What are the treatment options for hepatitis?

Dr. Jeanne Morrison, PhD
Family Practitioner

Hepatitis B
Medical treatment is usually not required for acute hepatitis B infection although your doctor will want to check the health of your liver. Symptoms are mild and flu-like and may or may not occur. In many cases, symptoms subside within weeks or months with no damage to the liver. Bed rest, plenty of fluids, and alcohol restrictions are recommended.

Chronic hepatitis B symptoms can be treated with one of several antiviral medications. In some cases corticosteroids are used for inflammation. Medications are used to lessen the level of damage to the liver. People with chronic hepatitis B should not drink alcohol. Over-the-counter medications and herbal remedies are not recommended without doctor approval. In severe cases, a liver transplant may be the only way to treat liver failure and liver cancer.

Hepatitis C
Acute hepatitis C usually does not require medications or treatment. In many cases symptoms subside within a few weeks. Doctors usually recommend that you get adequate rest, fluids, and good nutrition. Your doctor may want to use liver function tests to monitor the health of your liver. There is no cure for acute hepatitis C.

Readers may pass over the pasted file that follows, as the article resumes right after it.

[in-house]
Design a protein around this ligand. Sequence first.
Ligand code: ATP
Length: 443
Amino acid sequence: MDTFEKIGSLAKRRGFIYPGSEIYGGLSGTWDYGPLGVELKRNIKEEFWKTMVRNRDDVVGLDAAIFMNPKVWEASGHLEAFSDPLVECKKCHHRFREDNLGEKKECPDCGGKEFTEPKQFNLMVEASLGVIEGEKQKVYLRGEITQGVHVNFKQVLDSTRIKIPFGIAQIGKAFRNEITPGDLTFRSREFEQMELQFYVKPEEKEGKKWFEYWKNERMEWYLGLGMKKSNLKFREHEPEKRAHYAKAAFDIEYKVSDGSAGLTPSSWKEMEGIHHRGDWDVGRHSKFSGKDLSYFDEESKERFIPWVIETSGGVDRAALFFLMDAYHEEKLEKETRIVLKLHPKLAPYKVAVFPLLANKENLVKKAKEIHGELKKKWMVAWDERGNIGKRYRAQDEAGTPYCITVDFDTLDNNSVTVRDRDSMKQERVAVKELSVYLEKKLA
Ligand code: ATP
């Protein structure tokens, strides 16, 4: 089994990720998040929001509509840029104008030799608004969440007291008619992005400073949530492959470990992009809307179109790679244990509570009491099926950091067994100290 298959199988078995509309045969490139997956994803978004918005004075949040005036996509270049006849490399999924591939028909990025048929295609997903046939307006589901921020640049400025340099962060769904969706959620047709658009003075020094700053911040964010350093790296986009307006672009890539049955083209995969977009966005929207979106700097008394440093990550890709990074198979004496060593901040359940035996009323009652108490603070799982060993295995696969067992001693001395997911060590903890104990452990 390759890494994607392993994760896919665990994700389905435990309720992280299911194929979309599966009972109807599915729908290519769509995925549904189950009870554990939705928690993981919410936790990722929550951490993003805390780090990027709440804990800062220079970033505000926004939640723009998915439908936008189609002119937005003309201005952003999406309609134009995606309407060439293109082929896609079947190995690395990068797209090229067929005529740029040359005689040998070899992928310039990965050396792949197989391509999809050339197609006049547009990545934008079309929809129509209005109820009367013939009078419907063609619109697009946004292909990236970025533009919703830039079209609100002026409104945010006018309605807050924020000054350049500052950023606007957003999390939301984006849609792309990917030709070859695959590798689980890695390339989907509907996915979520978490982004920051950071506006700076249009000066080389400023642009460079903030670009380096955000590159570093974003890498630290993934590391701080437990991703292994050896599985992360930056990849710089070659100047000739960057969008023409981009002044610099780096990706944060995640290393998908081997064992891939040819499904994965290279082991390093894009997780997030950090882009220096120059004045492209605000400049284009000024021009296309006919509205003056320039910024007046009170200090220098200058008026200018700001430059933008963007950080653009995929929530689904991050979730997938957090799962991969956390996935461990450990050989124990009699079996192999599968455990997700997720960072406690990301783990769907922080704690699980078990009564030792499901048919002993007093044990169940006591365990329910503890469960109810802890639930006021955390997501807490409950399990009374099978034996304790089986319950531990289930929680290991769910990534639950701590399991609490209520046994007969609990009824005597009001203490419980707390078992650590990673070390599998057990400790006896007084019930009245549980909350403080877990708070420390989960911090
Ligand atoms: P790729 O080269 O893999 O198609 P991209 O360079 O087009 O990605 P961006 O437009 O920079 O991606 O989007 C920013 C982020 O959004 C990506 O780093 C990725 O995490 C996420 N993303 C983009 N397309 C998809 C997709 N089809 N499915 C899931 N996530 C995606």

Hepatitis C is most often treated with a combination of antiviral medications. Various combinations of oral antiviral drugs are now available and recommended to treat chronic hepatitis C, but the best regimen for you will depend on your genotype and medical history. Peginterferon, which used to be the primary treatment for hepatitis C, now is used only for certain patients, because the interferon-free regimens generally are more effective and easier to tolerate. These newer drug regimens can cure the infection in most people, with cure rates exceeding 90 percent in certain groups. In severe cases of chronic hepatitis C, liver failure or liver cancer may require a liver transplant.

Chronic hepatitis C treatment options now include a number of oral medications that inhibit replication of the hep C virus. In this video, internal medicine specialist Michael Roizen, MD, describes these new drug options and how to reach remission.

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Important: This content reflects information from various individuals and organizations and may offer alternative or opposing points of view. It should not be used for medical advice, diagnosis or treatment. As always, you should consult with your healthcare provider about your specific health needs.